When Battling Ignorance

It is difficult to deal with people who only read part of an article online or in a  magazine and suddenly think they are the guru of any given subject. Society has gotten rather lazy about its understanding regarding anything.

Yesterday and today it has been suggested to me that I need a dictionary in regards to my understanding of the word atheist. Shockingly, my understanding of the term is rooted deep in historical and linguistic understanding.

I would like to share an article by Dr. Gregory S. Neal who eloquently explains the historical and linguistic context of today’s word atheist. I know it’s a bitter pill to swallow but try and learn something anyway.



On the Internet it has become very common for self-professed Atheists to define their position as being a simple lack of a god-belief and not as a denial of the existence of God. By claiming to affirm only a passive lack of a god-postulate, and by denying that they actively assert the nonexistence of deity, such Atheists conveniently absolve themselves from having to defend their position. In other words, they claim that there is a big difference between asserting: “I do not believe a deity exists” and “I believe a deity does not exist.” The difference is supposed to be one of an active as opposed to a passive postulate: are they asserting that God does not exist, or are they claiming that they simply don’t make a god-postulate? While this is obviously a major splitting of tiny little hairs, it is nevertheless the kind of argument that many Christians are encountering from Atheists on the Internet. Unfortunately, it is also an argument to which most simply do not have an adequate response. This article will offer a response based upon the etymological and contextual meaning of the word “Atheism.” The focus will not be upon English definitions, but on the original word in its original language.

One usually finds the idea of “passive Atheism” articulated as if it were based upon the linguistic roots of the word “atheism.” It is sometimes broken down like this:

“a” = no/not/without
“theism” = god-belief
“atheism” = without god-belief.

This kind of linguistic argument is certainly one possible way of arriving at a definition for a word which has been derived from another language. One sees this kind of thing, from time to time, regarding lots of derived words (like “theology” and “archeology” and “anthropology.”) Sometimes such derivations are accurate, but other times they are quite erroneous and reflect an unfortunate misunderstanding of the source-language. In this case those who have made the above argument regarding the meaning of “atheism” are, in effect, misunderstanding the use of such a process and, as a result, are producing an argument which is neither linguistically sound nor historically accurate.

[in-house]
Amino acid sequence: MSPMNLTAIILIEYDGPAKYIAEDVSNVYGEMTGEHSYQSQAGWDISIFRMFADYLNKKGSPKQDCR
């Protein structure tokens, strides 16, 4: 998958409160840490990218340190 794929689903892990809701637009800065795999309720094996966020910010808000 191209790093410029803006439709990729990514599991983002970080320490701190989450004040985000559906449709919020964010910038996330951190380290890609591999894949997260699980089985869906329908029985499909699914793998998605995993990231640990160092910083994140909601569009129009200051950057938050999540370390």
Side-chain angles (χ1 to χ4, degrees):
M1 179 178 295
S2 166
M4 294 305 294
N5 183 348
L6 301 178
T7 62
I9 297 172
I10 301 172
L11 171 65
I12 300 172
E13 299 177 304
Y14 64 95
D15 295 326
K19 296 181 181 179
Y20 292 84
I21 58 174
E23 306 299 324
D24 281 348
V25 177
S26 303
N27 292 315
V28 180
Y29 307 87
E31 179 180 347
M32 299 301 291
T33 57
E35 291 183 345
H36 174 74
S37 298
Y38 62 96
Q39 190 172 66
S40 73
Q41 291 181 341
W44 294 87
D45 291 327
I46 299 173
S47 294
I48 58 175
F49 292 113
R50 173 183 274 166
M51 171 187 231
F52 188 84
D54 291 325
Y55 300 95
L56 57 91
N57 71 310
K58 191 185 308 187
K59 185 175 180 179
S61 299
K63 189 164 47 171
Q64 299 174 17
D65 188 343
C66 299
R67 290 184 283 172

It should be noted that the above method of determining a word’s meaning works rather well when that word has been created by using roots and/or particles from another language (usually Latin or Greek). When and where there are no direct cognates in the primary language, the meaning of the new word in the secondary language is open to interpretation based upon this kind of morphological analysis. However, when the word has a direct cognate in, or is a pure transliteration from, the primary language it is that primary language’s usage which always takes precedence in determining its meaning in the secondary language. As matter of lexicography, that is the case here.

The word “atheism” is a direct cognate — in fact, it is a transliteration — of the Classical Greek word atheos (here, written with English letters). Its meaning, as demonstrated in the writings of Aeschylus and Diogenese Laertius, is best expressed as: “one who disdains or denies God or the gods and their laws.” (See Bauer, Walter. Greek-English Lexicon. 2nd edition. Chicago: University of Chicago Press, 1979. p.20).